Dr. Ana Puga with Children’s Diagnostic & Treatment Center (CDTC) patient.


Staff Report

FORT LAUDERDALE, Fla. – Recently the Children’s Diagnostic & Treatment Center (CDTC) was awarded Level 3 Patient-Centered Medical Home (PCMH) Recognition by the National Committee for Quality Assurance (NCQA).

The Center received this distinction for following a model of primary care that combines teamwork and information technology to improve care and patients’ experience of care as well as reduce costs.

CDTC has been offering hope and support to women, infants, children and youth with special healthcare needs in Broward County for more than three decades.

The Center has several programs that provide comprehensive medical care, care coordination, dental services, health education, nutrition and early intervention services to more than 11,000 patients each year.

The establishment of a comprehensive, “one stop” resource for care to the entire family has allowed CDTC to help transform the lives of special needs patients so they may live healthy and productive lives.

The care and support of their CDTC team impacts not just the children’s health but the lives of every member of their families.

“CDTC is thrilled that our doctors and staff have achieved NCQA’s highest level of recognition as a Patient Centered Medical Home,” said CDTC Executive Director Ana Calderon Randazzo, Ph.D. “The PCMH endeavor at CDTC has resulted in our patients experiencing greater health outcomes and overall increased patient satisfaction. Our staff is better trained and more engaged and greater efficiencies have been created due to the high level of team-based care. Putting the best practices in place ensures the best care for our families and reflects the center’s vision of going ‘Beyond Medicine, Into the Heart of Care.’”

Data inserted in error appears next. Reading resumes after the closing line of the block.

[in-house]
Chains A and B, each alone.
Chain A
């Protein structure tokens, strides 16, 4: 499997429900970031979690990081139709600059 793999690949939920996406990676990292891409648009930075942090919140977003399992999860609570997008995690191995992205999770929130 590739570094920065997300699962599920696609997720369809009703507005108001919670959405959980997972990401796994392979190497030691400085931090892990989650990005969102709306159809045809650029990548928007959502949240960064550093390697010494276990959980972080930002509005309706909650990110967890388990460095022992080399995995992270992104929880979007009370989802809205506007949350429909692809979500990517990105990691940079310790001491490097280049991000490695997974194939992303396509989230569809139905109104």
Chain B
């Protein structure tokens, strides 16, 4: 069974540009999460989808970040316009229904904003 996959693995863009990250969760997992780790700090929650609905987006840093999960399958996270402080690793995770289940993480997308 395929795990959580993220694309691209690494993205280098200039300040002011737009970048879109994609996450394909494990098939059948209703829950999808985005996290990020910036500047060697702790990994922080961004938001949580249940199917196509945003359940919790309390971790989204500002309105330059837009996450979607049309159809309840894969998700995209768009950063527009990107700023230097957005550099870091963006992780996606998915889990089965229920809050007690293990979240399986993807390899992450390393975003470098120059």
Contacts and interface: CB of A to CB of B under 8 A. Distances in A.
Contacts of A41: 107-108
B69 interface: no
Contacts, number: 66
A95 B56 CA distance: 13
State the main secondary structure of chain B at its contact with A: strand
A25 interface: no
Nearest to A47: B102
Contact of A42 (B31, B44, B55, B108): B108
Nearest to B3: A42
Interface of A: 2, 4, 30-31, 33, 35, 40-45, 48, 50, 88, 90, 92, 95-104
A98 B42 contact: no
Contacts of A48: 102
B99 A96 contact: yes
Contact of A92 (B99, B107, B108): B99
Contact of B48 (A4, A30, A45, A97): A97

Physicians and Care Coordinators at CDTC work together to help patients achieve the best health outcomes possible.

This means not only providing top-notch care, but also providing care that is better coordinated, comprehensive and personalized.

CDTC also helps to break down barriers that may prevent families from receiving treatment. These barriers range from knowledge of the healthcare system and insurance to other immediate personal issues such as transportation, housing and food scarcity. The center’s teams have built a community network to help families navigate many of these issues.

To earn PCMH recognition, which is valid for three years, CDTC demonstrated the ability to meet the program’s key elements, embodying characteristics of the medical home.

NCQA standards aligned with the joint principles of the Patient-Centered Medical Home established with the American College of Physicians, the American Academy of Family Physicians, the American Academy of Pediatrics and the American Osteopathic Association.

“NCQA Patient-Centered Medical Home Recognition raises the bar in defining highquality care by emphasizing access, health information technology and coordinated care focused on patients,” said NCQA President Margaret E. O’Kane. “Recognition shows that CDTC has the tools, systems and resources to provide its patients with the right care, at the right time.”